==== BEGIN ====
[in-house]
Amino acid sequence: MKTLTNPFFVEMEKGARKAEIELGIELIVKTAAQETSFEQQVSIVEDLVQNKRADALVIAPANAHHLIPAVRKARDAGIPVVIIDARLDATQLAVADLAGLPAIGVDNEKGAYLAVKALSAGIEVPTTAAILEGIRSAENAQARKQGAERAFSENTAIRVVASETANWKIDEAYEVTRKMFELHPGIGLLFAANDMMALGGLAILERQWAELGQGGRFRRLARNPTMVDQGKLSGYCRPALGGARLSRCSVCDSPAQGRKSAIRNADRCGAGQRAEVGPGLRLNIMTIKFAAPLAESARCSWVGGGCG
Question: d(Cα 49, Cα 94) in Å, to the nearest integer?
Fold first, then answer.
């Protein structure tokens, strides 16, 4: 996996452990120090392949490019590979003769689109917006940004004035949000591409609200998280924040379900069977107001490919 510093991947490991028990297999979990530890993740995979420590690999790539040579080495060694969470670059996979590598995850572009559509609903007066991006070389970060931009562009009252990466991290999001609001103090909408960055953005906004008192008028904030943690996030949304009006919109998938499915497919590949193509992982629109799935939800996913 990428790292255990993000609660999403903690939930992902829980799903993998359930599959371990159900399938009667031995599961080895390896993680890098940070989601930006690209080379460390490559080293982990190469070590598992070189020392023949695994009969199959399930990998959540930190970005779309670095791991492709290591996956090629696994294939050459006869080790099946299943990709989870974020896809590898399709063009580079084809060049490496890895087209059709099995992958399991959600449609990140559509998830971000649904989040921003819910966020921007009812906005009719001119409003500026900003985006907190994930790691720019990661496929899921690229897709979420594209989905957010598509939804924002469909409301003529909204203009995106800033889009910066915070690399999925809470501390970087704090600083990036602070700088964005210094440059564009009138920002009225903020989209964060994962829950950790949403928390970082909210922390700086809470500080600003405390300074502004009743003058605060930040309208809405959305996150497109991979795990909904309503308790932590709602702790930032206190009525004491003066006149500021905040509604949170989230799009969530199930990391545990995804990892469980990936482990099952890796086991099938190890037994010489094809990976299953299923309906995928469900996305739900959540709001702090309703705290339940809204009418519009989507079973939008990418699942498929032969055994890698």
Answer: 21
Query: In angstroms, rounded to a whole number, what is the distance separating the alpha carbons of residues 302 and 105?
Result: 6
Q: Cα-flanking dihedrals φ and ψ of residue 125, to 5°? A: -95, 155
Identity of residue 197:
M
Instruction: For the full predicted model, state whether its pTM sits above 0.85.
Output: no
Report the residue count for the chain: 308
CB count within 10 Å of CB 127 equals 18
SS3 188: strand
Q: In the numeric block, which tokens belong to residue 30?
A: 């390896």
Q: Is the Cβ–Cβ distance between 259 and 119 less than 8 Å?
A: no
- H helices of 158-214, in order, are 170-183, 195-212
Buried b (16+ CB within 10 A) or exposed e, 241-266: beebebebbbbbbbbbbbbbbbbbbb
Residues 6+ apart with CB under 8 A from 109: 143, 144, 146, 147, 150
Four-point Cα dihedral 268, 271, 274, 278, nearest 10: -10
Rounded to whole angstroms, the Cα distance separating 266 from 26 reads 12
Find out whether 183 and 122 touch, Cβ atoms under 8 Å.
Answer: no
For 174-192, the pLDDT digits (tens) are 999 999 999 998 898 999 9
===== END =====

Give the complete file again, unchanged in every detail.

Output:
[in-house]
Amino acid sequence: MKTLTNPFFVEMEKGARKAEIELGIELIVKTAAQETSFEQQVSIVEDLVQNKRADALVIAPANAHHLIPAVRKARDAGIPVVIIDARLDATQLAVADLAGLPAIGVDNEKGAYLAVKALSAGIEVPTTAAILEGIRSAENAQARKQGAERAFSENTAIRVVASETANWKIDEAYEVTRKMFELHPGIGLLFAANDMMALGGLAILERQWAELGQGGRFRRLARNPTMVDQGKLSGYCRPALGGARLSRCSVCDSPAQGRKSAIRNADRCGAGQRAEVGPGLRLNIMTIKFAAPLAESARCSWVGGGCG
Question: d(Cα 49, Cα 94) in Å, to the nearest integer?
Fold first, then answer.
């Protein structure tokens, strides 16, 4: 996996452990120090392949490019590979003769689109917006940004004035949000591409609200998280924040379900069977107001490919 510093991947490991028990297999979990530890993740995979420590690999790539040579080495060694969470670059996979590598995850572009559509609903007066991006070389970060931009562009009252990466991290999001609001103090909408960055953005906004008192008028904030943690996030949304009006919109998938499915497919590949193509992982629109799935939800996913 990428790292255990993000609660999403903690939930992902829980799903993998359930599959371990159900399938009667031995599961080895390896993680890098940070989601930006690209080379460390490559080293982990190469070590598992070189020392023949695994009969199959399930990998959540930190970005779309670095791991492709290591996956090629696994294939050459006869080790099946299943990709989870974020896809590898399709063009580079084809060049490496890895087209059709099995992958399991959600449609990140559509998830971000649904989040921003819910966020921007009812906005009719001119409003500026900003985006907190994930790691720019990661496929899921690229897709979420594209989905957010598509939804924002469909409301003529909204203009995106800033889009910066915070690399999925809470501390970087704090600083990036602070700088964005210094440059564009009138920002009225903020989209964060994962829950950790949403928390970082909210922390700086809470500080600003405390300074502004009743003058605060930040309208809405959305996150497109991979795990909904309503308790932590709602702790930032206190009525004491003066006149500021905040509604949170989230799009969530199930990391545990995804990892469980990936482990099952890796086991099938190890037994010489094809990976299953299923309906995928469900996305739900959540709001702090309703705290339940809204009418519009989507079973939008990418699942498929032969055994890698």
Answer: 21
Query: In angstroms, rounded to a whole number, what is the distance separating the alpha carbons of residues 302 and 105?
Result: 6
Q: Cα-flanking dihedrals φ and ψ of residue 125, to 5°? A: -95, 155
Identity of residue 197:
M
Instruction: For the full predicted model, state whether its pTM sits above 0.85.
Output: no
Report the residue count for the chain: 308
CB count within 10 Å of CB 127 equals 18
SS3 188: strand
Q: In the numeric block, which tokens belong to residue 30?
A: 């390896």
Q: Is the Cβ–Cβ distance between 259 and 119 less than 8 Å?
A: no
- H helices of 158-214, in order, are 170-183, 195-212
Buried b (16+ CB within 10 A) or exposed e, 241-266: beebebebbbbbbbbbbbbbbbbbbb
Residues 6+ apart with CB under 8 A from 109: 143, 144, 146, 147, 150
Four-point Cα dihedral 268, 271, 274, 278, nearest 10: -10
Rounded to whole angstroms, the Cα distance separating 266 from 26 reads 12
Find out whether 183 and 122 touch, Cβ atoms under 8 Å.
Answer: no
For 174-192, the pLDDT digits (tens) are 999 999 999 998 898 999 9